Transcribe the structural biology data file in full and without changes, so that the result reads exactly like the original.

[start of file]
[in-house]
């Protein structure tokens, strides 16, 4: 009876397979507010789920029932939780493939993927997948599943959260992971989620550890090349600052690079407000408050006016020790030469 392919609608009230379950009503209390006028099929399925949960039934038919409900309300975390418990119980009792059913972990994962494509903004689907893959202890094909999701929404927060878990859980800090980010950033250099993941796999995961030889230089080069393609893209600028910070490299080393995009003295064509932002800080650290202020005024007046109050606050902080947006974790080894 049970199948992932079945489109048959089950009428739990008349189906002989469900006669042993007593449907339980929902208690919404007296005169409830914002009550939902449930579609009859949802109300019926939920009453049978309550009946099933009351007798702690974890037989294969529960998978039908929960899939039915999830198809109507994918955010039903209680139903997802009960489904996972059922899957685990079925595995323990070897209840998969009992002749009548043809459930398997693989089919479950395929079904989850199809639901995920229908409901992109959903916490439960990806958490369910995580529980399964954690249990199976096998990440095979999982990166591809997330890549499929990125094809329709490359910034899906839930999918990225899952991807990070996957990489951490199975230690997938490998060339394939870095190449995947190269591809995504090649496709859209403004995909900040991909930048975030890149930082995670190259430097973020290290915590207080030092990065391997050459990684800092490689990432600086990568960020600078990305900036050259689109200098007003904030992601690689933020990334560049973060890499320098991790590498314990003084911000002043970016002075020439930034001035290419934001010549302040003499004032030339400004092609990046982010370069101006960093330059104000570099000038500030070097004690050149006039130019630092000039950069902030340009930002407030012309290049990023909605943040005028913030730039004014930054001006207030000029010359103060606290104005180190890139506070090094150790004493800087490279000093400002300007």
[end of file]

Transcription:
[in-house]
């Protein structure tokens, strides 16, 4: 009876397979507010789920029932939780493939993927997948599943959260992971989620550890090349600052690079407000408050006016020790030469 392919609608009230379950009503209390006028099929399925949960039934038919409900309300975390418990119980009792059913972990994962494509903004689907893959202890094909999701929404927060878990859980800090980010950033250099993941796999995961030889230089080069393609893209600028910070490299080393995009003295064509932002800080650290202020005024007046109050606050902080947006974790080894 049970199948992932079945489109048959089950009428739990008349189906002989469900006669042993007593449907339980929902208690919404007296005169409830914002009550939902449930579609009859949802109300019926939920009453049978309550009946099933009351007798702690974890037989294969529960998978039908929960899939039915999830198809109507994918955010039903209680139903997802009960489904996972059922899957685990079925595995323990070897209840998969009992002749009548043809459930398997693989089919479950395929079904989850199809639901995920229908409901992109959903916490439960990806958490369910995580529980399964954690249990199976096998990440095979999982990166591809997330890549499929990125094809329709490359910034899906839930999918990225899952991807990070996957990489951490199975230690997938490998060339394939870095190449995947190269591809995504090649496709859209403004995909900040991909930048975030890149930082995670190259430097973020290290915590207080030092990065391997050459990684800092490689990432600086990568960020600078990305900036050259689109200098007003904030992601690689933020990334560049973060890499320098991790590498314990003084911000002043970016002075020439930034001035290419934001010549302040003499004032030339400004092609990046982010370069101006960093330059104000570099000038500030070097004690050149006039130019630092000039950069902030340009930002407030012309290049990023909605943040005028913030730039004014930054001006207030000029010359103060606290104005180190890139506070090094150790004493800087490279000093400002300007």